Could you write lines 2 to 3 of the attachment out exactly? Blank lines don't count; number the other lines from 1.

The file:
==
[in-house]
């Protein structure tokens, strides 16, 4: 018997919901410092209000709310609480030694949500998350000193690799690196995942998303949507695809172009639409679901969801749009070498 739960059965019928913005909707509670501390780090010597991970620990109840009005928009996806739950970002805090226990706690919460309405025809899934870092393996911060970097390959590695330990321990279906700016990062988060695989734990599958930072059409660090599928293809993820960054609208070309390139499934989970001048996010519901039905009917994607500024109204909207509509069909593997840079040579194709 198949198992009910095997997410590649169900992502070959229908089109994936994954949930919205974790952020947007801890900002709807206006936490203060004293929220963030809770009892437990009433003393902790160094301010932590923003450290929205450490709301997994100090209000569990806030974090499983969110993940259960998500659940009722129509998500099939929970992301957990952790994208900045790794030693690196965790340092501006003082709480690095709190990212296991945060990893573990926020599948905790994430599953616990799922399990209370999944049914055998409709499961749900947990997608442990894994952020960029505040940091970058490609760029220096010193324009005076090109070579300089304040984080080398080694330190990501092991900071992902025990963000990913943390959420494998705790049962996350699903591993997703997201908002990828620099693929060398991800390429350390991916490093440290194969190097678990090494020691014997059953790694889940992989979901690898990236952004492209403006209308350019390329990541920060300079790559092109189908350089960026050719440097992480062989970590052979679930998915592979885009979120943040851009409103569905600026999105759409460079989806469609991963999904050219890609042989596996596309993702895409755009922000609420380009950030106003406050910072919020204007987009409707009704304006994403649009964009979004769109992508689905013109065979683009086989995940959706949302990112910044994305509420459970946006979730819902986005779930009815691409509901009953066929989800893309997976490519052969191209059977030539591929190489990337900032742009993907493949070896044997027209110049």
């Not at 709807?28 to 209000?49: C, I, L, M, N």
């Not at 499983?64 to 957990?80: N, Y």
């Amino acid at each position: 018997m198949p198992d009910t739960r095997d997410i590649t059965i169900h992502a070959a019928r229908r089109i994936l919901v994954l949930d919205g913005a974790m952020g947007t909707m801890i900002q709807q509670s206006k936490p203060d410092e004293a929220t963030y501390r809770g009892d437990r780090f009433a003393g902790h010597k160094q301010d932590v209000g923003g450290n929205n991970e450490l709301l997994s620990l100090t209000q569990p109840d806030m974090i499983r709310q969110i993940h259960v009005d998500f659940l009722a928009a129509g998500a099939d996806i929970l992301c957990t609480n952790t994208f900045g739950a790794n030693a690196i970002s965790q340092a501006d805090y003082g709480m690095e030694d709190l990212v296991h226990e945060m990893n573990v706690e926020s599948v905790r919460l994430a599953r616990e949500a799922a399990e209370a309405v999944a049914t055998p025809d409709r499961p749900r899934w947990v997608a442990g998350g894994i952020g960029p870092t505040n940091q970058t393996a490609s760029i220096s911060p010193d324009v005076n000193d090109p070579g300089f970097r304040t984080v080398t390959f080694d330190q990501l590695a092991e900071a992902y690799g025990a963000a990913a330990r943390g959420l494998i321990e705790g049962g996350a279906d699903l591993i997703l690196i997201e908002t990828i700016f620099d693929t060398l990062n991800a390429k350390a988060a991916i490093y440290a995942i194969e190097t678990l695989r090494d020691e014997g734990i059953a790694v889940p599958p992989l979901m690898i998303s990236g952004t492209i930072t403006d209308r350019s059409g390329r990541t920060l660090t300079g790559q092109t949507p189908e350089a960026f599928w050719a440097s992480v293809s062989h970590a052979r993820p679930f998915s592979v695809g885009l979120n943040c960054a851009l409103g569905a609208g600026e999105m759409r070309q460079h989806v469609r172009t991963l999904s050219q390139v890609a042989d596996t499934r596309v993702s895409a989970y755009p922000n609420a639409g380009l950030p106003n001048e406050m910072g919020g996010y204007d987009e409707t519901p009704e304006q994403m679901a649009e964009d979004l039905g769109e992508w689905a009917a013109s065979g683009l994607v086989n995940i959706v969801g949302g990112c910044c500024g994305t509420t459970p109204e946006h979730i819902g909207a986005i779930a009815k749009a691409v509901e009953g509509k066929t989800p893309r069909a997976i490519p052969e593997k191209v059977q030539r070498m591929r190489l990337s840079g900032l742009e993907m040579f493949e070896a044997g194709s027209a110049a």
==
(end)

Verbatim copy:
């Protein structure tokens, strides 16, 4: 018997919901410092209000709310609480030694949500998350000193690799690196995942998303949507695809172009639409679901969801749009070498 739960059965019928913005909707509670501390780090010597991970620990109840009005928009996806739950970002805090226990706690919460309405025809899934870092393996911060970097390959590695330990321990279906700016990062988060695989734990599958930072059409660090599928293809993820960054609208070309390139499934989970001048996010519901039905009917994607500024109204909207509509069909593997840079040579194709 198949198992009910095997997410590649169900992502070959229908089109994936994954949930919205974790952020947007801890900002709807206006936490203060004293929220963030809770009892437990009433003393902790160094301010932590923003450290929205450490709301997994100090209000569990806030974090499983969110993940259960998500659940009722129509998500099939929970992301957990952790994208900045790794030693690196965790340092501006003082709480690095709190990212296991945060990893573990926020599948905790994430599953616990799922399990209370999944049914055998409709499961749900947990997608442990894994952020960029505040940091970058490609760029220096010193324009005076090109070579300089304040984080080398080694330190990501092991900071992902025990963000990913943390959420494998705790049962996350699903591993997703997201908002990828620099693929060398991800390429350390991916490093440290194969190097678990090494020691014997059953790694889940992989979901690898990236952004492209403006209308350019390329990541920060300079790559092109189908350089960026050719440097992480062989970590052979679930998915592979885009979120943040851009409103569905600026999105759409460079989806469609991963999904050219890609042989596996596309993702895409755009922000609420380009950030106003406050910072919020204007987009409707009704304006994403649009964009979004769109992508689905013109065979683009086989995940959706949302990112910044994305509420459970946006979730819902986005779930009815691409509901009953066929989800893309997976490519052969191209059977030539591929190489990337900032742009993907493949070896044997027209110049």
């Not at 709807?28 to 209000?49: C, I, L, M, N």